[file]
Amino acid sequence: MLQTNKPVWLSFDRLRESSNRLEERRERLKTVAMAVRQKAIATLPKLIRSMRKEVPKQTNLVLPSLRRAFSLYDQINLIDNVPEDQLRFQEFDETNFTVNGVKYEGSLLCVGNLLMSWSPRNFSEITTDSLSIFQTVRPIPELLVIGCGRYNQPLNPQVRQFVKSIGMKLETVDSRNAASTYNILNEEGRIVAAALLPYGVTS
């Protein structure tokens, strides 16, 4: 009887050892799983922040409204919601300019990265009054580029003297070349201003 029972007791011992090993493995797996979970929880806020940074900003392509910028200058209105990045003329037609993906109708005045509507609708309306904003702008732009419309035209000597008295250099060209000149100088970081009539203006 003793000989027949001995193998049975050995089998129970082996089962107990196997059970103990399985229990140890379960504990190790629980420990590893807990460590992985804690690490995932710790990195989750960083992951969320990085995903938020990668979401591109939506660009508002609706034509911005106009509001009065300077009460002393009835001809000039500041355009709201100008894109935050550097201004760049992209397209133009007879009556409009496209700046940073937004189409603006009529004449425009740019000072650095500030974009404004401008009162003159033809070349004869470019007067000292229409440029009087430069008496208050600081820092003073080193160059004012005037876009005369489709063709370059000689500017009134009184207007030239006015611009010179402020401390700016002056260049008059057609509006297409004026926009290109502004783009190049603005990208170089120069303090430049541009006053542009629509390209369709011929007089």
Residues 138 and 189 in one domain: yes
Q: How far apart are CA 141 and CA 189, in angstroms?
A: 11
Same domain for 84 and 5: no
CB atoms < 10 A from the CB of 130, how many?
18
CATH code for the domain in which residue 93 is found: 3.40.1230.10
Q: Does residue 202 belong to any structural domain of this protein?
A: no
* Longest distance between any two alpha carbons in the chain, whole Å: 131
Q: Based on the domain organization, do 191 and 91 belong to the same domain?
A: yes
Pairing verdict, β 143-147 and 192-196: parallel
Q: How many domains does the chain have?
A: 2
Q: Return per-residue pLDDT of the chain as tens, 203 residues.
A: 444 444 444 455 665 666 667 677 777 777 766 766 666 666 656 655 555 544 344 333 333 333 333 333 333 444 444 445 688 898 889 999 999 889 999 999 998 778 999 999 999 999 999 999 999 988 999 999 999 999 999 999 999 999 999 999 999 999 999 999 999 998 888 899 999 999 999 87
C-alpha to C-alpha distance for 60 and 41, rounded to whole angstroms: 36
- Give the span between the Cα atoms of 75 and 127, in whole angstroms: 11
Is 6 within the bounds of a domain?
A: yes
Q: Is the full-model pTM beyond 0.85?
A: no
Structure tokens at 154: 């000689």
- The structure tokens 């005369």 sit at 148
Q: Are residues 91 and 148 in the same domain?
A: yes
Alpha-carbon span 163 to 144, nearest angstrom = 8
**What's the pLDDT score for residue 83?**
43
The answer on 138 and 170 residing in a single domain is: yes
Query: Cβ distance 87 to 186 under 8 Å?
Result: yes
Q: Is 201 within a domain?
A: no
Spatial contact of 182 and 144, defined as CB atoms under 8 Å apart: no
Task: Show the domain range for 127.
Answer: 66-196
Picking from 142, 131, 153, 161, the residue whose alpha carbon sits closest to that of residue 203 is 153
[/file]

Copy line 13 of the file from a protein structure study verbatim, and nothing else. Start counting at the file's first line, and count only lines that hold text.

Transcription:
Q: Based on the domain organization, do 191 and 91 belong to the same domain?